Contrary to many misconceptions, Bitcoin can function as an asset class in investor portfolios, alongside traditional assets like equities or gold. Viewing Bitcoin through the same lens as one were to use for any traditional asset, we see five compelling reasons why investors may consider including Bitcoin in their investment portfolios.
1. Bitcoin is a store of value, like gold
Bitcoin offers similar store of value characteristics to gold. Bitcoin’s supply is guaranteed, predictable, and independent of global markets and macroeconomic conditions. Its software caps supply at 21 million Bitcoin, allowing us to model its supply and inflation a century forward1.
2. Bitcoin offers diversification via low correlation to other asset classes
Historically, Bitcoin has exhibited low correlation to traditional assets both in periods when markets are volatile and when they are not2. During the recent COVID-19 sell-off, for example, Bitcoin exhibited strong defensive qualities in a period when most assets declined between 10% to 30%.
3. Bitcoin has delivered high risk adjusted returns historically
Bitcoin has historically had strong long-term returns in comparison to other asset classes, like equities and fixed income2. Like many nascent asset classes, Bitcoin is volatile. Bitcoin’s volatility, however, is similar to volatility of popular stocks such as AMD, Netflix, or Twitter, and its worst drawdowns have been matched by various blue-chip funds and blue-chip stocks. At small allocations, Bitcoin can act as a strong diversification tool for portfolio construction.
4. Bitcoin has emerged as a liquid asset class with institutional-grade capacity
The liquidity of Bitcoin as an asset class has grown continuously, with spot average daily trading volumes (“ADTV”) of $1.5-$3.0 billion3. Investors can supplement capacity with Commodity Futures Trading Commission- approved Bitcoin derivatives: the Chicago Mercantile Exchange Bitcoin futures market has grown to $350-$400 million in ADTV3. Lastly, there exists a multi-billion dollar per day market for Over The Counter (“OTC”) futures.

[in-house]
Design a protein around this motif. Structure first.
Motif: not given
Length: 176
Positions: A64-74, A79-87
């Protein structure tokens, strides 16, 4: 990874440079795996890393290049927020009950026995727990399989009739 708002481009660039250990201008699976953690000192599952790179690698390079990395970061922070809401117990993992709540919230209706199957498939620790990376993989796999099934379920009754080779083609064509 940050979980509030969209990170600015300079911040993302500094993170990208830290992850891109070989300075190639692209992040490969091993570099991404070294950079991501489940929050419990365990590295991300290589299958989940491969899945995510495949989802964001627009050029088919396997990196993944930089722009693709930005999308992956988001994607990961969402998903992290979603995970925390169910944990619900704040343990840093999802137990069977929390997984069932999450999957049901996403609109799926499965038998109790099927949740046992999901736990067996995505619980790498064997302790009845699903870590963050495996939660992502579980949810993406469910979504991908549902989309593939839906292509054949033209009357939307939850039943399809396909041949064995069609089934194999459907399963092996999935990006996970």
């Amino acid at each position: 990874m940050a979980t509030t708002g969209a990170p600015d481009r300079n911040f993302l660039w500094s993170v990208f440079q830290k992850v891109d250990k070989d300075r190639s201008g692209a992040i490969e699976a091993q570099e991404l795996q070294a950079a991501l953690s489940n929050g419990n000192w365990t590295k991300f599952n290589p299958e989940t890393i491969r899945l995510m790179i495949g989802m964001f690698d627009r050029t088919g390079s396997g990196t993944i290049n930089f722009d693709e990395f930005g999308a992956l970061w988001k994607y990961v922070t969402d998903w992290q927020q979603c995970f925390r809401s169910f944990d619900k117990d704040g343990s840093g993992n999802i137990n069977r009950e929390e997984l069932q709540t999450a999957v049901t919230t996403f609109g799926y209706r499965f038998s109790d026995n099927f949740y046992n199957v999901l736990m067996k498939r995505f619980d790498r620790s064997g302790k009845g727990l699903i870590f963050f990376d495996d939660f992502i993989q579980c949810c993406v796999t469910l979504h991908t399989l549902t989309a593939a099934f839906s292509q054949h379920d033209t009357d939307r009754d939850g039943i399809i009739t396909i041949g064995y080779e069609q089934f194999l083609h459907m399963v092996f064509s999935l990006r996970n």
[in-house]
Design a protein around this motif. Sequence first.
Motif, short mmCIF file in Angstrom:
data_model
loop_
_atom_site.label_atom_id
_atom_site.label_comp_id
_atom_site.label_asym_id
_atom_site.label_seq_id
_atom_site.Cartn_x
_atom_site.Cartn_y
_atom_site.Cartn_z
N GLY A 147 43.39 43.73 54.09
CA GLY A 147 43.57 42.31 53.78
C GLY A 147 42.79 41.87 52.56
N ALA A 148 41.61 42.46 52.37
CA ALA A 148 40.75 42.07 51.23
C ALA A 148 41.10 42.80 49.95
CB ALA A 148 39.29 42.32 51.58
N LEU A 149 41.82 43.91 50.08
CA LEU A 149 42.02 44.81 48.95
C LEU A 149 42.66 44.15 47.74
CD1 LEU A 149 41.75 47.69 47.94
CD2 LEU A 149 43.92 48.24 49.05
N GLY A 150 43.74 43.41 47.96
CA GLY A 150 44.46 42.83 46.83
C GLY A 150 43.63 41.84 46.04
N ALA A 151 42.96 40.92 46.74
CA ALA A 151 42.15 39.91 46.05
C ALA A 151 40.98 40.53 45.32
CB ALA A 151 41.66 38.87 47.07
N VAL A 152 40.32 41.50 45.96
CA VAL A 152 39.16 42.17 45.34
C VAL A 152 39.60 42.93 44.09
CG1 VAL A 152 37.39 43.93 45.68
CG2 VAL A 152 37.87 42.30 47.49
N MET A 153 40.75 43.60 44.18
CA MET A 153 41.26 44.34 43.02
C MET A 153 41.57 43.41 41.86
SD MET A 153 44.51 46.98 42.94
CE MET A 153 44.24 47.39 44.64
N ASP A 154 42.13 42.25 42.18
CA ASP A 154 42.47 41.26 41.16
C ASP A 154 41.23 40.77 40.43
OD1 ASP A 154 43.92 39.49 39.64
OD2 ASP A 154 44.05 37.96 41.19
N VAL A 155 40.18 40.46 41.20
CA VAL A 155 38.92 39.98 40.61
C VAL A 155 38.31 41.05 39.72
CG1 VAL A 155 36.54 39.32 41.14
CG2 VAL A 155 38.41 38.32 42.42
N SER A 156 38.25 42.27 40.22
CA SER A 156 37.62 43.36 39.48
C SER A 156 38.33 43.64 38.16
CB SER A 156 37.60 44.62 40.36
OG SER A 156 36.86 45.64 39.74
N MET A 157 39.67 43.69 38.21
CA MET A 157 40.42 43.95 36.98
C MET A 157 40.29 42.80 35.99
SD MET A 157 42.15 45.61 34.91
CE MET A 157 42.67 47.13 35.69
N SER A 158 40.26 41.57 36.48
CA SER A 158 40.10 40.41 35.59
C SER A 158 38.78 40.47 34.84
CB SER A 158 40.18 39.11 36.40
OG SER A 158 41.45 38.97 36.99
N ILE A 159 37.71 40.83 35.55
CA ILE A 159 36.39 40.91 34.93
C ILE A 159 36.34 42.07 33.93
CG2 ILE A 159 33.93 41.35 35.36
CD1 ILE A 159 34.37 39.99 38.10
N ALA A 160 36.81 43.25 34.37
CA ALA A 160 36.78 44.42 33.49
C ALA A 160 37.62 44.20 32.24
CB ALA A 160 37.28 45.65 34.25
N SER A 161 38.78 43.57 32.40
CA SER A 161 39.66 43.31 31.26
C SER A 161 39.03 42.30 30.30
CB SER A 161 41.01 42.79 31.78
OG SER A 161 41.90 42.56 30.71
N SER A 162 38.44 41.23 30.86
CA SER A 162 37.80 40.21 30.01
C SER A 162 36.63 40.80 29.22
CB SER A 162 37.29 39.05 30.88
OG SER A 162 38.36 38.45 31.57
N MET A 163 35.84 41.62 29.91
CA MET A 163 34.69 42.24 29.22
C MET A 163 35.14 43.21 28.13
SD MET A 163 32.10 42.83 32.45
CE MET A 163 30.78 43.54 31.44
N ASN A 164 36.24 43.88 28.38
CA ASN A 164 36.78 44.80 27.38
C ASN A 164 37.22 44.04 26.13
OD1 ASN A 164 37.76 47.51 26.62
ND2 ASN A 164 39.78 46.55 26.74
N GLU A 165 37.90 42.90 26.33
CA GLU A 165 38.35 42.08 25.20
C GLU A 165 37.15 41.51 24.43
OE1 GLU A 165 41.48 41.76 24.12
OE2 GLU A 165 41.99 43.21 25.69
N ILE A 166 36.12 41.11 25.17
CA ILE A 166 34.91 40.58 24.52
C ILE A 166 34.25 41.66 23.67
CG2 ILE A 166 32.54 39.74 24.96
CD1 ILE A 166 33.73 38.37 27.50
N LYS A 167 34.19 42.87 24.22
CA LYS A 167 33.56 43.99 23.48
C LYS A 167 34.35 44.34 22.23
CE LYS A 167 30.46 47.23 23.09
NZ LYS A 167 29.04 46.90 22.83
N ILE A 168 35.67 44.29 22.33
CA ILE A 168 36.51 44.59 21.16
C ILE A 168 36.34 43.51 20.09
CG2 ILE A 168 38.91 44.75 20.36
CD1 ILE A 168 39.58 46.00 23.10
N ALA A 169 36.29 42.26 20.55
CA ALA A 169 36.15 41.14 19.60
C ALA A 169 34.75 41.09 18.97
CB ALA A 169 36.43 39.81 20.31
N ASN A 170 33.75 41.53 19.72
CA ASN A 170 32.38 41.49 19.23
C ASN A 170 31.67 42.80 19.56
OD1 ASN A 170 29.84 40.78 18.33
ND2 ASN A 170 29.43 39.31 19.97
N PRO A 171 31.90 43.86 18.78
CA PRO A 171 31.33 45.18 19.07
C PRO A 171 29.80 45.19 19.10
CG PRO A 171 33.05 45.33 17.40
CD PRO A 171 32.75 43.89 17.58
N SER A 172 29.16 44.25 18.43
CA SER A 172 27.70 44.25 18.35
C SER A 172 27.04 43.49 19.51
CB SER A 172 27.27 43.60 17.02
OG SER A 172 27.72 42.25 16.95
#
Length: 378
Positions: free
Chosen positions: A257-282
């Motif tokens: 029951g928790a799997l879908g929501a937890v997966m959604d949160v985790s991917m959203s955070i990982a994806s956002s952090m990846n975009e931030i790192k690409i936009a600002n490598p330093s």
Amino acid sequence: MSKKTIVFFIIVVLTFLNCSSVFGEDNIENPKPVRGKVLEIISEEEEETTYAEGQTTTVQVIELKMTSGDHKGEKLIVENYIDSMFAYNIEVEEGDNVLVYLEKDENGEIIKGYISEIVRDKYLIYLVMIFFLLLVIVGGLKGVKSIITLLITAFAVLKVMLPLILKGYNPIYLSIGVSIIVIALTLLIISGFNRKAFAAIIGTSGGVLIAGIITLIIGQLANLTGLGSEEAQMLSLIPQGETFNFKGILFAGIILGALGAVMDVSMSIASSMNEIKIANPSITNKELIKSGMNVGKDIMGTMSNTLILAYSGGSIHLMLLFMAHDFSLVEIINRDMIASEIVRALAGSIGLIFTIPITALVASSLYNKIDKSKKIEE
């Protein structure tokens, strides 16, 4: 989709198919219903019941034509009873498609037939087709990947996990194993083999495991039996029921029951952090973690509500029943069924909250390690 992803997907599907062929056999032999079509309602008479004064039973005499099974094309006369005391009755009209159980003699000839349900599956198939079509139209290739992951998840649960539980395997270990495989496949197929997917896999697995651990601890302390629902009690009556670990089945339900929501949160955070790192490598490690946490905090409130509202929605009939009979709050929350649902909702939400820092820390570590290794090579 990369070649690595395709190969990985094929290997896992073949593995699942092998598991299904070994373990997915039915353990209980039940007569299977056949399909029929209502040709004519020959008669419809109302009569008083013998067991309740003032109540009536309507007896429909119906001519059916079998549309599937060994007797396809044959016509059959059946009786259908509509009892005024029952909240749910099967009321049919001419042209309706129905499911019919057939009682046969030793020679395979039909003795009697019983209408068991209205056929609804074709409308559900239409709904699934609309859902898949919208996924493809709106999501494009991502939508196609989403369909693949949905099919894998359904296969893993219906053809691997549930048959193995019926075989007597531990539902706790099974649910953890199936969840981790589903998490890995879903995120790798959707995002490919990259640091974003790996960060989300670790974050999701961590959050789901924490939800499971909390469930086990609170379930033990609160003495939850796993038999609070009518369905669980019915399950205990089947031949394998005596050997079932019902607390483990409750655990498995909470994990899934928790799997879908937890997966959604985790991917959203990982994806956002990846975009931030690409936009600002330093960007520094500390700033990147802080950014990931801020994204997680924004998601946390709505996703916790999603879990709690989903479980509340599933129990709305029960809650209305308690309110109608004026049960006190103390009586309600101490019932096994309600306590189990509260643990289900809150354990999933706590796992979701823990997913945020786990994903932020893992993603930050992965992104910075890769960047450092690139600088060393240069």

Bitcoin’s liquidity is in the top decile of S&P 500 constituents over the last few years and would place in the top-30 most liquid assets in the U.S. as of 20203. This liquidity would potentially allow institutional investors to put on large Bitcoin positions with relative ease.
It is pertinent to note that Bitcoin payments are irreversible. Transactions cannot be reversed, although some establishments may be willing to offer a refund.
5. Top-tier traditional asset service providers have arrived to support rising Bitcoin adoption
The roster of digital asset service providers features many institutions familiar to traditional investors, like the Intercontinental Exchange, Ernst & Young and PricewaterhouseCoopers. In recent years, Bitcoin markets have seen an influx of offerings from digital asset service providers, such as digital asset custody services, fund administration, audit, and legal council.
Bitcoin can play a role in investment portfolios
We believe an allocation to Bitcoin has the potential to provide investors with attractive risk-adjusted returns. Bitcoin has historically delivered strong performance relative to traditional asset classes, like equities and fixed income, while also delivering attractive diversification properties2. As an asset class, Bitcoin is continuing to mature for investor adoption, with trading volumes consistently increasing and institutional service providers offering support to deliver operational efficiencies.